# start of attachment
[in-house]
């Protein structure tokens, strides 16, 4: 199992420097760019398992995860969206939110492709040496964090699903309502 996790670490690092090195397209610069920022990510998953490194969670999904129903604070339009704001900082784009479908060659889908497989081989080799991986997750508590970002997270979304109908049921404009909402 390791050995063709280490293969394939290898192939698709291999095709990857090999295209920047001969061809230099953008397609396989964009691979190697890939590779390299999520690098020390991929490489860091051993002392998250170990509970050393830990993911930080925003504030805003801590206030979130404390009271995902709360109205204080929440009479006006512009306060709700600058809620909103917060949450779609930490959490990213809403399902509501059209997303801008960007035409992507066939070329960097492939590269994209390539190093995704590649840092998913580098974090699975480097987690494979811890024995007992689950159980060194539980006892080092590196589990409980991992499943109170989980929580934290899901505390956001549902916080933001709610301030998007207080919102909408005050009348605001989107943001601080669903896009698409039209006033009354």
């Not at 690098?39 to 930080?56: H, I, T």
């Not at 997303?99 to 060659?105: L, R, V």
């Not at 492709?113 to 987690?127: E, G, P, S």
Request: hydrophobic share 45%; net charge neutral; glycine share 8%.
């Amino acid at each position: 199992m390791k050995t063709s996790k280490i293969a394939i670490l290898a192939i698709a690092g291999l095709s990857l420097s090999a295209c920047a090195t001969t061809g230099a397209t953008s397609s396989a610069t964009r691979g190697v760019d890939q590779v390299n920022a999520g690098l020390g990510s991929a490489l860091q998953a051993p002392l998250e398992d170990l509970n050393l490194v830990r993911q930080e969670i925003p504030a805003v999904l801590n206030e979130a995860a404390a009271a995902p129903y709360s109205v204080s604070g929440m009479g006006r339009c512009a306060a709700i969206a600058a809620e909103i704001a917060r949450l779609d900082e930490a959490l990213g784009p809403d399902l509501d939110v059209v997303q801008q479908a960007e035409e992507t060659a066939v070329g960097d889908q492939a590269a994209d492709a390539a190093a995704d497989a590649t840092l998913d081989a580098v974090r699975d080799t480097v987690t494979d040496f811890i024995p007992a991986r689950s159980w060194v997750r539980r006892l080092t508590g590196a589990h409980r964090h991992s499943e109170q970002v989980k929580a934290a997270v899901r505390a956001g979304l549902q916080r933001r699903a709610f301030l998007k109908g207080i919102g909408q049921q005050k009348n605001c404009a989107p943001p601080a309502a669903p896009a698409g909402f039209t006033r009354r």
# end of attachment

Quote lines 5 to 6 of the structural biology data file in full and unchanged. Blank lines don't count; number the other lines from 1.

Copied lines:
């Not at 492709?113 to 987690?127: E, G, P, S």
Request: hydrophobic share 45%; net charge neutral; glycine share 8%.